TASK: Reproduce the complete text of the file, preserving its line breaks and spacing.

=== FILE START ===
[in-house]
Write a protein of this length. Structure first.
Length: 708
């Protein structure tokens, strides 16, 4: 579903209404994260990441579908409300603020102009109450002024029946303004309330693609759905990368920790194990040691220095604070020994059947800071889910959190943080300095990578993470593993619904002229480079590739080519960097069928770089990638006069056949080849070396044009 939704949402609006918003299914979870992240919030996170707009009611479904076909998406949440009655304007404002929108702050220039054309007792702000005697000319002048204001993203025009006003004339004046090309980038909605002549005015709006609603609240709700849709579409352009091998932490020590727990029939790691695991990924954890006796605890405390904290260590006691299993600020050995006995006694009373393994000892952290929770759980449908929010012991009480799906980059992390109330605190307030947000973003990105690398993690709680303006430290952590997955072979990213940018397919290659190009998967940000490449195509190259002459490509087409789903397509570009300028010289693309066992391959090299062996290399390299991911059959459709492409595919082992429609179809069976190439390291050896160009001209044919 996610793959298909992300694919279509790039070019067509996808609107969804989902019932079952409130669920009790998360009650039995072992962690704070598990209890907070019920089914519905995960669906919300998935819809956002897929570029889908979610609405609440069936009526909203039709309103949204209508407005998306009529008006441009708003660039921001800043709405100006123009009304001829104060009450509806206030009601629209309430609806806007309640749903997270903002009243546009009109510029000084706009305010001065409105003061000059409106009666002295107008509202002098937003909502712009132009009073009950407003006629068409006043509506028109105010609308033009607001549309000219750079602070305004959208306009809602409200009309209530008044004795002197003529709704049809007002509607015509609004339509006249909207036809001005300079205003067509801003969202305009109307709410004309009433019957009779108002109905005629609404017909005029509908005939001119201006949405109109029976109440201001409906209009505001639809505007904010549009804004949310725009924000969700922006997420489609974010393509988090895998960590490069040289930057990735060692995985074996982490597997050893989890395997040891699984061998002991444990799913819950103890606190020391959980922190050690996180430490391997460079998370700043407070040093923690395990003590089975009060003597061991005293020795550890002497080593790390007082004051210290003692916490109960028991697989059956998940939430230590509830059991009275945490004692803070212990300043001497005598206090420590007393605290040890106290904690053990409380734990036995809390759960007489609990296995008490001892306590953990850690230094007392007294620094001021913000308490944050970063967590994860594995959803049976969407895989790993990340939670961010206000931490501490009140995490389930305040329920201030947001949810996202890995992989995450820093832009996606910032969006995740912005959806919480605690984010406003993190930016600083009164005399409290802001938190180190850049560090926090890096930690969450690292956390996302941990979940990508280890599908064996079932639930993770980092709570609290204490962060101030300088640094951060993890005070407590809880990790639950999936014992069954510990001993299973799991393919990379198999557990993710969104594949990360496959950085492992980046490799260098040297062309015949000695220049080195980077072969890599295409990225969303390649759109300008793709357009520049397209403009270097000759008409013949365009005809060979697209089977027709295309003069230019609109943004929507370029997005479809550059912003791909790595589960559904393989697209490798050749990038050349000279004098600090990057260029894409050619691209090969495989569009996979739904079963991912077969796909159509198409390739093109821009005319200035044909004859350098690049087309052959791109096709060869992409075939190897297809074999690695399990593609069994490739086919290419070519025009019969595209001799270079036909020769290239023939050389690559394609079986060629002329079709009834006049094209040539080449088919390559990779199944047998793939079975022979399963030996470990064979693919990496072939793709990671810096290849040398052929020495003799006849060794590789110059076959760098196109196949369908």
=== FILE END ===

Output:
[in-house]
Write a protein of this length. Structure first.
Length: 708
């Protein structure tokens, strides 16, 4: 579903209404994260990441579908409300603020102009109450002024029946303004309330693609759905990368920790194990040691220095604070020994059947800071889910959190943080300095990578993470593993619904002229480079590739080519960097069928770089990638006069056949080849070396044009 939704949402609006918003299914979870992240919030996170707009009611479904076909998406949440009655304007404002929108702050220039054309007792702000005697000319002048204001993203025009006003004339004046090309980038909605002549005015709006609603609240709700849709579409352009091998932490020590727990029939790691695991990924954890006796605890405390904290260590006691299993600020050995006995006694009373393994000892952290929770759980449908929010012991009480799906980059992390109330605190307030947000973003990105690398993690709680303006430290952590997955072979990213940018397919290659190009998967940000490449195509190259002459490509087409789903397509570009300028010289693309066992391959090299062996290399390299991911059959459709492409595919082992429609179809069976190439390291050896160009001209044919 996610793959298909992300694919279509790039070019067509996808609107969804989902019932079952409130669920009790998360009650039995072992962690704070598990209890907070019920089914519905995960669906919300998935819809956002897929570029889908979610609405609440069936009526909203039709309103949204209508407005998306009529008006441009708003660039921001800043709405100006123009009304001829104060009450509806206030009601629209309430609806806007309640749903997270903002009243546009009109510029000084706009305010001065409105003061000059409106009666002295107008509202002098937003909502712009132009009073009950407003006629068409006043509506028109105010609308033009607001549309000219750079602070305004959208306009809602409200009309209530008044004795002197003529709704049809007002509607015509609004339509006249909207036809001005300079205003067509801003969202305009109307709410004309009433019957009779108002109905005629609404017909005029509908005939001119201006949405109109029976109440201001409906209009505001639809505007904010549009804004949310725009924000969700922006997420489609974010393509988090895998960590490069040289930057990735060692995985074996982490597997050893989890395997040891699984061998002991444990799913819950103890606190020391959980922190050690996180430490391997460079998370700043407070040093923690395990003590089975009060003597061991005293020795550890002497080593790390007082004051210290003692916490109960028991697989059956998940939430230590509830059991009275945490004692803070212990300043001497005598206090420590007393605290040890106290904690053990409380734990036995809390759960007489609990296995008490001892306590953990850690230094007392007294620094001021913000308490944050970063967590994860594995959803049976969407895989790993990340939670961010206000931490501490009140995490389930305040329920201030947001949810996202890995992989995450820093832009996606910032969006995740912005959806919480605690984010406003993190930016600083009164005399409290802001938190180190850049560090926090890096930690969450690292956390996302941990979940990508280890599908064996079932639930993770980092709570609290204490962060101030300088640094951060993890005070407590809880990790639950999936014992069954510990001993299973799991393919990379198999557990993710969104594949990360496959950085492992980046490799260098040297062309015949000695220049080195980077072969890599295409990225969303390649759109300008793709357009520049397209403009270097000759008409013949365009005809060979697209089977027709295309003069230019609109943004929507370029997005479809550059912003791909790595589960559904393989697209490798050749990038050349000279004098600090990057260029894409050619691209090969495989569009996979739904079963991912077969796909159509198409390739093109821009005319200035044909004859350098690049087309052959791109096709060869992409075939190897297809074999690695399990593609069994490739086919290419070519025009019969595209001799270079036909020769290239023939050389690559394609079986060629002329079709009834006049094209040539080449088919390559990779199944047998793939079975022979399963030996470990064979693919990496072939793709990671810096290849040398052929020495003799006849060794590789110059076959760098196109196949369908």